Episode 1 – The PR Playbook: Steering Clear of Costly Mistakes for Game Success

The Games PR Podcast helps you level up your PR skills to get your game noticed by media and influencers. With years of experience working with innovative indies and gaming giants alike, join the Games PR Podcast team and special guests for a wealth of tips and honest advice. From writing pitches and getting Metacritic reviews to avoiding common mistakes and working with influencers, The Games PR Podcast is your personal PR cheat code.

In this episode, we deal with some of the most important questions about the most common PR mistakes we see developers making. When should I launch my game? How do I announce my game and What is games PR are just some of the questions we tackle.

Subscribe and listen to the podcast on all your favourite services including Spotify, Podchaser, Amazon Music and more by searching for it or simply find your service of choice right now on Buzzsprout.

Here’s the things we will cover in this episode:

  1. Everything timelines; from when best to offer review codes and when to avoid launching your game! [00:02:02 – anchor link]
  2. How to tackle influencers, deciding who to approach and avoiding scammers [00:13:07] – anchor link]
  3. Dealing with social media, deciding on platforms and getting in there early with account registration! [00:28:45 – anchor link]
  4. What metrics we use and the difficulty in tracking PR impact [00:37:02]
  5. Outro [00:46:04 – anchor link]

If you’d prefer to read – here is the full transcription


Intro Theme: [00:00:00] Welcome to the Games PR Podcast, your regular dose of Video Game PR Goodness. Sit down, relax as our team of experts and special guests shared tips and tricks to help you level up your PR Game with media and influencers.

Alex: Hi, and welcome to the Games PR Podcast. This is our first episode of what is going to be a [00:00:30] semi-regular show. We’re going to aim for monthly. It might be a little bit more regular or a little bit less regular, depending on when we can get guests. I’m Alex, Senior Account Manager of Big Games Machine and today I am joined by James.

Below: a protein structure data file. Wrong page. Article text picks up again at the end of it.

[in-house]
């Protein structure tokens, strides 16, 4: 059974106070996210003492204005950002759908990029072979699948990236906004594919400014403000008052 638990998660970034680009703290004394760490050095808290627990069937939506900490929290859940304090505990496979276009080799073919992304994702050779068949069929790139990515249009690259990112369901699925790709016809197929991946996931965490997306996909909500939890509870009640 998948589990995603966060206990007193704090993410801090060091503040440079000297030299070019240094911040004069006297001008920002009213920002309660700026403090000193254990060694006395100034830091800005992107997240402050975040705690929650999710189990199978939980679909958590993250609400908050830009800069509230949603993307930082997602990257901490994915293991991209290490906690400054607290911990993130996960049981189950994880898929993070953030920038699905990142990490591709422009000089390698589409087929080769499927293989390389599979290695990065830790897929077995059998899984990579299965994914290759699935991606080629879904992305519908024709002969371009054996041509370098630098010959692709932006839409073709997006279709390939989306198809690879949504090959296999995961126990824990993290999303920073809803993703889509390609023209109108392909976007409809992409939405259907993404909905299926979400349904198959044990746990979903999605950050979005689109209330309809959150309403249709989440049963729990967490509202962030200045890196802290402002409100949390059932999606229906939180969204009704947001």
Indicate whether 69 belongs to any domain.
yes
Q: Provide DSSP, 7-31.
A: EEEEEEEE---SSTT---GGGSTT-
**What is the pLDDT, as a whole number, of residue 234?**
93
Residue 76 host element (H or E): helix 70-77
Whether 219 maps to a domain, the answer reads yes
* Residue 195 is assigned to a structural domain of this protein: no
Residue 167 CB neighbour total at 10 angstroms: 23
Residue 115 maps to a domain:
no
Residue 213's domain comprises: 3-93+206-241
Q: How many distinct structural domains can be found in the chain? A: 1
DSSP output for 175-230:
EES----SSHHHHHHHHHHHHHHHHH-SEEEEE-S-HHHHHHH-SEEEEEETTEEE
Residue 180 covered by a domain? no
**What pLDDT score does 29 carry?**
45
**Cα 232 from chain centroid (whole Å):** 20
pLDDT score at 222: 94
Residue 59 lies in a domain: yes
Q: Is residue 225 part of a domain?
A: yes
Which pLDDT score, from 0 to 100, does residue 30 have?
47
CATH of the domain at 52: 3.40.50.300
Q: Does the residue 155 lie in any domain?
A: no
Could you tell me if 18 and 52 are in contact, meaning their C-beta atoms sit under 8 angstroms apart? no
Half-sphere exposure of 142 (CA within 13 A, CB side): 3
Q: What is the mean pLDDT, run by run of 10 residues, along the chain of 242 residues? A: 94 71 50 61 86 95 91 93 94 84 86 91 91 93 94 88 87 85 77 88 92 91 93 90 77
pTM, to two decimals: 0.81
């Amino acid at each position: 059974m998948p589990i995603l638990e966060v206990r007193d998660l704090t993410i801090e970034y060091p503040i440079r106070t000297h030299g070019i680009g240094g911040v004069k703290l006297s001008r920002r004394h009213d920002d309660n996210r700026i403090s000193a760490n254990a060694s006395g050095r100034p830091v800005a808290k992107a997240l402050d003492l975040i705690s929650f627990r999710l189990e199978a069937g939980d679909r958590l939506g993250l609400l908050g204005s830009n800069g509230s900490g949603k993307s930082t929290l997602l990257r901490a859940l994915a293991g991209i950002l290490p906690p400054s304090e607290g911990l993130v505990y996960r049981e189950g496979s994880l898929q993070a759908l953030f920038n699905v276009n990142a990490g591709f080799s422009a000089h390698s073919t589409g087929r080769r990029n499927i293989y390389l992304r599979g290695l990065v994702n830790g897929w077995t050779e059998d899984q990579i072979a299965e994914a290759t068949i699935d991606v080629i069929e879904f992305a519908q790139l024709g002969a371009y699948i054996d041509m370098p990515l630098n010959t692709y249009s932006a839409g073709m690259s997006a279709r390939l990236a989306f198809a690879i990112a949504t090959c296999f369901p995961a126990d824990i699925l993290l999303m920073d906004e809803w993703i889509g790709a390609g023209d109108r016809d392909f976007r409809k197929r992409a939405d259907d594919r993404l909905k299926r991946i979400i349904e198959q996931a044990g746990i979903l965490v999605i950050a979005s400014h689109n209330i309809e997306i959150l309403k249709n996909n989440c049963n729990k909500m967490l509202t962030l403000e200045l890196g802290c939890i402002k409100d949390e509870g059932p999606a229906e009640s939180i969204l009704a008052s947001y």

James: Hello.

Alex: Who are you and what do you do?

James: I’m the co-founder of the agency.

Alex: Jack, same questions to you.

Jack: Good day. I’m Jack, I am the account exec. I do all bits and pieces, but I’m very much focused on influencers.

Alex: [00:01:00] Absolutely. Today we are going to be the looking at some of the most asked questions that we get as a Games PR Agency. The very first one of those that we’re going address is when should I release my game and the timeframe of a term I know James hates, which is when should the beats of my launch be.

James: I don’t hate beats. I love beats. I dance to beats.

Alex: How are you guys doing?

James: Good. Thank you. How are you?

Alex: And Jack?

Jack: Excited to get started.

Alex: The first episode is going to [00:01:30] be us taking you through the most commonly asked questions that we faced the first time we start working with a studio or a developer, anyone which you are. Perhaps the first that we get asked by most people is the timeframe of the PR milestones, essentially like announcements and then the release schedule. What timeline would you tend to recommend to recommend to people, [00:02:00] Jack?

Everything timelines; from when best to offer review codes and when to avoid launching your game! [00:02:02]

Jack: Are announcement or are we talking full fact because–

Alex: [crosstalk] from announcement through to launch, I think makes the most sense because that’s normally– when people come to us, that’s normally what they’re looking at, the full from when they want to announce it and how far before launch that would be.

Jack: If they have a date in mind, it’s always good to work backwards from their preferred launch date because we need to know when they want to get review codes out to [00:02:30] media so we can work out timelines there. You don’t want a cyberpunk situation where people are getting review codes on the day of launch or too close to it, so ideally we’d want two, three weeks out to start giving review codes.

Alex: That’s obviously them having a built ready, so that’s one of the other things. We do like to give reviewers time, which is usually about three weeks, as you say, ideally, [00:03:00] but it’s rare that’s the length of time we get. James, you’ve obviously been doing this a while. Is three weeks is the recommendation that you found from actually doing a survey of game reviewers, right?

James: You beat me to it, in fact. I was going to say that we’ve empirically proven this. Couple of years ago, we did the first ever game reviewer survey[00:03:30] and then last year we also did one for influencers, and you can download it from our site at Big Games Machine, and effectively we ask reviewers and influences the optimal amount of time they’d like to be given a game before it gets reviewed, and generally, yes, the consensus is three weeks.